The next day, Stokes took on his next challenge — a trip to the first floor cafe and then a walk around the lake.
“I chose to take the stairs, determined to climb up 12 floors, back to my floor,” he said. “By the time I reached floor six, I was too winded to continue and rode the elevator back.”
It was then he began to accept that he was going to be running a marathon, not a sprint — at least for a few days.
He was discharged July 14 and began his power walks with a plan to push, rest, eat and repeat. Rapid improvement in his daily routine and pace proved he was on the comeback trail and just six weeks after his transplant, Stokes ran the Tailgate 2 Miler in Viera.
Nearly a year had passed when, in March 2018, he developed a stricture, which is a narrowing in the bile duct, resulting in a rash and an abnormal elevation of liver enzymes. After having stents placed in the duct, his symptoms disappeared. After six months, the stents were removed and he has had no issues since.
“I remember over that weekend I ran the Excalibur 10 Miler while my family was in town, prior to my hospital visit that Monday, and I still don’t think the medical team knew I had competed in that race prior to the procedure,” he said.
In the past five years, Stokes has completed more than 170 structured events.
During 2018, a time he refers to as his comeback year, he completed a half iron triathlon, the Salt Lake City Transplant Games of America, a Gulf Coast Cycle Fest 100 mile ride, a 3.75 mile Bridge to Bridge swim and one of his favorite hometown events, the annual Space Coast Marathon, along with several other local events.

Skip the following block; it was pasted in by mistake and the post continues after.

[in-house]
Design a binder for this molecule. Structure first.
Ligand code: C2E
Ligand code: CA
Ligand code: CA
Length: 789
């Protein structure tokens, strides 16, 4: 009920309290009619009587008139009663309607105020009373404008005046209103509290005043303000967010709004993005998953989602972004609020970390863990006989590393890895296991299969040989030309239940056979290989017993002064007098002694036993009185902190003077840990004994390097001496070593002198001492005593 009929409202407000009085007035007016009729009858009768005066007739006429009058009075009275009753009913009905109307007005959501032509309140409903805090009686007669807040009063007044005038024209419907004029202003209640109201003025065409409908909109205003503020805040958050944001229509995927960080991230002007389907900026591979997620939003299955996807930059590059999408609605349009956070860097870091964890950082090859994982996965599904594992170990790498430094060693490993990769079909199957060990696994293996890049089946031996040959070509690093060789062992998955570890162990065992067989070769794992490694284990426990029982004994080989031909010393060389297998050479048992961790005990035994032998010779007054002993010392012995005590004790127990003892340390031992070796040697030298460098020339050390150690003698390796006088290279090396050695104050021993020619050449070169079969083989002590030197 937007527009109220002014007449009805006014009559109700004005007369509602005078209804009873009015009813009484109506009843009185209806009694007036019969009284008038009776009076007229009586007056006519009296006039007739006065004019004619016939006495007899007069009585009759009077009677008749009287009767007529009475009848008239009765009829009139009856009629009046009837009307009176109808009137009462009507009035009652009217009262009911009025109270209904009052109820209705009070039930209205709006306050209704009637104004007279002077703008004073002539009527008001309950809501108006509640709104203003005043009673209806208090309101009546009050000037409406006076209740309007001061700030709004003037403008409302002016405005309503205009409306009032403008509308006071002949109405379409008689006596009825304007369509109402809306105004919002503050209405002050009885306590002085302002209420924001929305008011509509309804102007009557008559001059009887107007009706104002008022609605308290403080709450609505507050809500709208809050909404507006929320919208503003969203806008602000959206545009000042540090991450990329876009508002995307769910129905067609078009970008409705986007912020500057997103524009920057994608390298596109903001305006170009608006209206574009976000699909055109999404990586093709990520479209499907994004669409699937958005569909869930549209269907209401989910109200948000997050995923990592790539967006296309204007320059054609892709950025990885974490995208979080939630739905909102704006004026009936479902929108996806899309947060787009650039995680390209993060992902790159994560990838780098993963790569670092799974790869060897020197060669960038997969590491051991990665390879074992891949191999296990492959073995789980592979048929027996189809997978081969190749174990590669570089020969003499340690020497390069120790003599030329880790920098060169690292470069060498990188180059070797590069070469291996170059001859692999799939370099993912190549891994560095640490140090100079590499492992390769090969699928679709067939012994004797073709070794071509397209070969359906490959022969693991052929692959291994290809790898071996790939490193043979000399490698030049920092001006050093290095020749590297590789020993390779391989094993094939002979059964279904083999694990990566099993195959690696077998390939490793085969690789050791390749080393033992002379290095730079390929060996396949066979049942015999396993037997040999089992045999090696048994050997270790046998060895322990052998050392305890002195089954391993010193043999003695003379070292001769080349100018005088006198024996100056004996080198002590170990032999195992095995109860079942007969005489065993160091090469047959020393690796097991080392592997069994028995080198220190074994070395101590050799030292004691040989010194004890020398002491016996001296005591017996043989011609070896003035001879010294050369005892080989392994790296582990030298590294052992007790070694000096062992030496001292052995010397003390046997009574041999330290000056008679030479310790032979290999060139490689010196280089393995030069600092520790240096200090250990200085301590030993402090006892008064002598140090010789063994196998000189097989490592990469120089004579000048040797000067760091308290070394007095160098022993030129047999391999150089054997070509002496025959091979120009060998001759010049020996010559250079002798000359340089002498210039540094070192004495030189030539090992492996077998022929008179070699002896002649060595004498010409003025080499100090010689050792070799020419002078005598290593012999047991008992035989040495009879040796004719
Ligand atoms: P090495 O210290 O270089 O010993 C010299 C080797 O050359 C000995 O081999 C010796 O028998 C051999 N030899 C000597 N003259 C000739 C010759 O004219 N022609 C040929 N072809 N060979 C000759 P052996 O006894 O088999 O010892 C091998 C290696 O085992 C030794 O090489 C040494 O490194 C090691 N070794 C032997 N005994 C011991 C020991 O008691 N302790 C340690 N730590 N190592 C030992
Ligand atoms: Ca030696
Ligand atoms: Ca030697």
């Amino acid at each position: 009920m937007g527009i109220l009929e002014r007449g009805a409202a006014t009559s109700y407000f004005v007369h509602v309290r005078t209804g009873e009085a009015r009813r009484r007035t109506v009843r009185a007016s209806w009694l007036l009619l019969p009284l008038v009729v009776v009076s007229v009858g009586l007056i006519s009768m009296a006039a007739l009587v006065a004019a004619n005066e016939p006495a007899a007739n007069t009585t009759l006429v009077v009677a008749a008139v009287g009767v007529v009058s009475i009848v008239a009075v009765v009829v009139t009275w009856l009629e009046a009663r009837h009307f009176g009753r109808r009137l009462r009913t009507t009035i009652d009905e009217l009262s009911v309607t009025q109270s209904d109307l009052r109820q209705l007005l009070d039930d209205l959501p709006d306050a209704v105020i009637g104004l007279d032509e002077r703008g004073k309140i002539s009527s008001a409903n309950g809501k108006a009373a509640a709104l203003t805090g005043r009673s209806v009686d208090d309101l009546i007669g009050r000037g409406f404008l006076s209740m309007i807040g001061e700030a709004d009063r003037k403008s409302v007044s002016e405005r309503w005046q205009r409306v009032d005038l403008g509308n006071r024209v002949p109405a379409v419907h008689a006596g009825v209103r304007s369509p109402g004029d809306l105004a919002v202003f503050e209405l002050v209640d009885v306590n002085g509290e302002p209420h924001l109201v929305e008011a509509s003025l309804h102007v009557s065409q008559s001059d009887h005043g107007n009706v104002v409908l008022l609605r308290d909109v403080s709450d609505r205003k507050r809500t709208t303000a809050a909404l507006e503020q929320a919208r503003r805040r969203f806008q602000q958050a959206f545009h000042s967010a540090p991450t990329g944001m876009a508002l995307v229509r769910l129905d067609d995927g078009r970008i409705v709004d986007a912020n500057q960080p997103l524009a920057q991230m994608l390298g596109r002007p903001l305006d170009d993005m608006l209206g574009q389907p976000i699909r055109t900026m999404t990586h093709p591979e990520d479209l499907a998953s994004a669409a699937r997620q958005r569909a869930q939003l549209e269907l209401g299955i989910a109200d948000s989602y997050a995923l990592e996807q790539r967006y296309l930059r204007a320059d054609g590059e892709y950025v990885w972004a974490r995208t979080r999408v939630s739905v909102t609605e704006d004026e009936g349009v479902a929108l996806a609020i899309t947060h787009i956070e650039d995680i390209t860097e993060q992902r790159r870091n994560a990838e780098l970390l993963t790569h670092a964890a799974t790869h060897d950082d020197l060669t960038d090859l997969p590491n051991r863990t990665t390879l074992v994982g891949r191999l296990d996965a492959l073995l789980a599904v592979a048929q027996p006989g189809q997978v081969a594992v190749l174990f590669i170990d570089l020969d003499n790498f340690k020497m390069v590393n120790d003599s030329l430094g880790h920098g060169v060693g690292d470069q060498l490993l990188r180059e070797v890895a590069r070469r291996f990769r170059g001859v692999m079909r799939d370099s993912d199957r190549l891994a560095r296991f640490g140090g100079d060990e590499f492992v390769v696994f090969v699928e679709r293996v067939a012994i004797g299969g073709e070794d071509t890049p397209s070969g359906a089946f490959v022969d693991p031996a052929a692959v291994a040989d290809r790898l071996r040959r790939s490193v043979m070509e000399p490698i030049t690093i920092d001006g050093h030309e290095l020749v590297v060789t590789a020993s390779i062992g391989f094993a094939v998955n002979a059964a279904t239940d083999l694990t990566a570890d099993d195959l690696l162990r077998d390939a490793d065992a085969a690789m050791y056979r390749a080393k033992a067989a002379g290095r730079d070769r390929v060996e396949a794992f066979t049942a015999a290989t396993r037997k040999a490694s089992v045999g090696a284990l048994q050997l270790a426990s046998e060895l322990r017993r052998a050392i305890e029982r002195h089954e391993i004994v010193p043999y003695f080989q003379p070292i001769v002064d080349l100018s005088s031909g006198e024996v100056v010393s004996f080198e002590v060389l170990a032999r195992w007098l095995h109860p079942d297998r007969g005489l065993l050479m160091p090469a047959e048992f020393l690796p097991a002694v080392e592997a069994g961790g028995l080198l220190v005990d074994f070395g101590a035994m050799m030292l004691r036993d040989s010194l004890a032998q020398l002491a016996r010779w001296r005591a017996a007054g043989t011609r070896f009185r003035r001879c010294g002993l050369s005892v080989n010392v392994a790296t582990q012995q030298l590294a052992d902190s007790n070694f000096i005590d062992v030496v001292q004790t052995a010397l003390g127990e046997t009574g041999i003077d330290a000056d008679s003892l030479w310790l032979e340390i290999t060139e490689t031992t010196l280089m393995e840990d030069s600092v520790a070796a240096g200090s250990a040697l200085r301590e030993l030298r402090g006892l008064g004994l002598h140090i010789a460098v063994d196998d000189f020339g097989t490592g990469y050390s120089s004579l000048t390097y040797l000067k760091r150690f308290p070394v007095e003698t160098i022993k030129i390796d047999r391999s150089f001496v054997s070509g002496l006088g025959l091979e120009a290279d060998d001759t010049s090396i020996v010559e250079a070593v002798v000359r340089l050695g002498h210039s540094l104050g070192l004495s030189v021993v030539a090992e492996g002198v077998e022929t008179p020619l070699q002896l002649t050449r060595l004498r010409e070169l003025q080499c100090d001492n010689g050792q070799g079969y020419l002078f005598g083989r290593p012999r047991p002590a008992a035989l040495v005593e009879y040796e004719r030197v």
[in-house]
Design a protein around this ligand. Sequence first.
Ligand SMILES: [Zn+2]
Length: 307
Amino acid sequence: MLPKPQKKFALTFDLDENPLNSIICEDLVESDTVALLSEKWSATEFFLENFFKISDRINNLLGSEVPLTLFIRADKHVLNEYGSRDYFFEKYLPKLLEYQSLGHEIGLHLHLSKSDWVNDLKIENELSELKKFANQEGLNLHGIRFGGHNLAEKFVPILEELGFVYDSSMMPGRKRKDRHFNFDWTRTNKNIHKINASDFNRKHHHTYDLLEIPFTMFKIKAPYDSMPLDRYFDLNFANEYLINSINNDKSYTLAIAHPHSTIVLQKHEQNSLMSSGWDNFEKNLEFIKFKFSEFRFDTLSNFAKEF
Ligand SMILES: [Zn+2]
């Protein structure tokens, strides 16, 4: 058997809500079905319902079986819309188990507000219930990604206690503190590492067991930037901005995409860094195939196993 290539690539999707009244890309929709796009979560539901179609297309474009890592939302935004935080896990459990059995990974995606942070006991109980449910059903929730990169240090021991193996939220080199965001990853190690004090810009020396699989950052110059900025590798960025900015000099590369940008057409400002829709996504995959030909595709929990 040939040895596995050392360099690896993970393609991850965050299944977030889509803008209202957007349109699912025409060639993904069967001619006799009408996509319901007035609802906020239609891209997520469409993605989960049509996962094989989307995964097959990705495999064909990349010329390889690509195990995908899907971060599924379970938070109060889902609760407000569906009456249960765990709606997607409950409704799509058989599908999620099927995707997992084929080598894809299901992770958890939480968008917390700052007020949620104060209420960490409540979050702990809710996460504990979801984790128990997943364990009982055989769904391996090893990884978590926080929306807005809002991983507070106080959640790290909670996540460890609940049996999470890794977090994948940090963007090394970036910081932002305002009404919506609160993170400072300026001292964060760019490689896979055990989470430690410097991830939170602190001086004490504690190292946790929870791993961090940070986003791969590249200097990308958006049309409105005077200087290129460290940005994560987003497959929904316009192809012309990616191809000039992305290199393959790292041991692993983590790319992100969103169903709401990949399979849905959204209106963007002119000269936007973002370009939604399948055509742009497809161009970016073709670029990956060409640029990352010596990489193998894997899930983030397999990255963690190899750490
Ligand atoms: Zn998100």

The following year, he and Deb traveled to Newcastle, England, where they met many transplant recipients at a World Transplant Games event, all whom had their own inspiring stories. He returned with three gold medals in a 5k road race, a 1,500-meter race and a 400-meter race.
In 2021, he completed five obstacle course races, four of which are known as the Spartan Trifecta. This entailed a variety of skills — and left him even more confident that he could face any challenge.
After COVID cancellations in 2020 and early 2021, the TGA games returned in 2022 and the couple was ready to get back to traveling.
“My goal was to perform at a higher level than I had accomplished in 2018,” Stokes explained.
After eight events at the San Diego games, he had first place medals in the 5k road race, the 1,500-, 800- and 400-meter events; a second place in the 500-yard freestyle swimming race; and a third in the 200 individual medley.
“My husband, Tom, is the most driven, determined and, I dare say, stubborn individual I know,” Deb Stokes said. “I continue to ask myself how he is now able to accomplish all he has during these last five years.”
Stokes plans to travel to Perth, Australia, to the WTG next year. He has also committed to three marathons.
“My goal is to continue to train, compete and most of all enjoy the precious gift of life,” he said.
“I encourage everyone to learn more about the importance of organ donation, the greatest gift one can ever give.”
Fact and Figures
• More than 105,800 men, women and children are on a national transplant waiting list.
• 17 people die daily waiting for a donor.
• Every donor can save up to eight lives with their organs, and enhance the lives of 75 others.
• 40,000 plus transplants were performed in 2021.
• Visit www.organdonor.gov/signup or www.donatelife.net to find out how
you can give the gift of life.
Sue DeWerff Panzarino
Sue is an avid surfer, shark attack survivor and storyteller who loves to write about the wonderful people and great organizations on the Space Coast.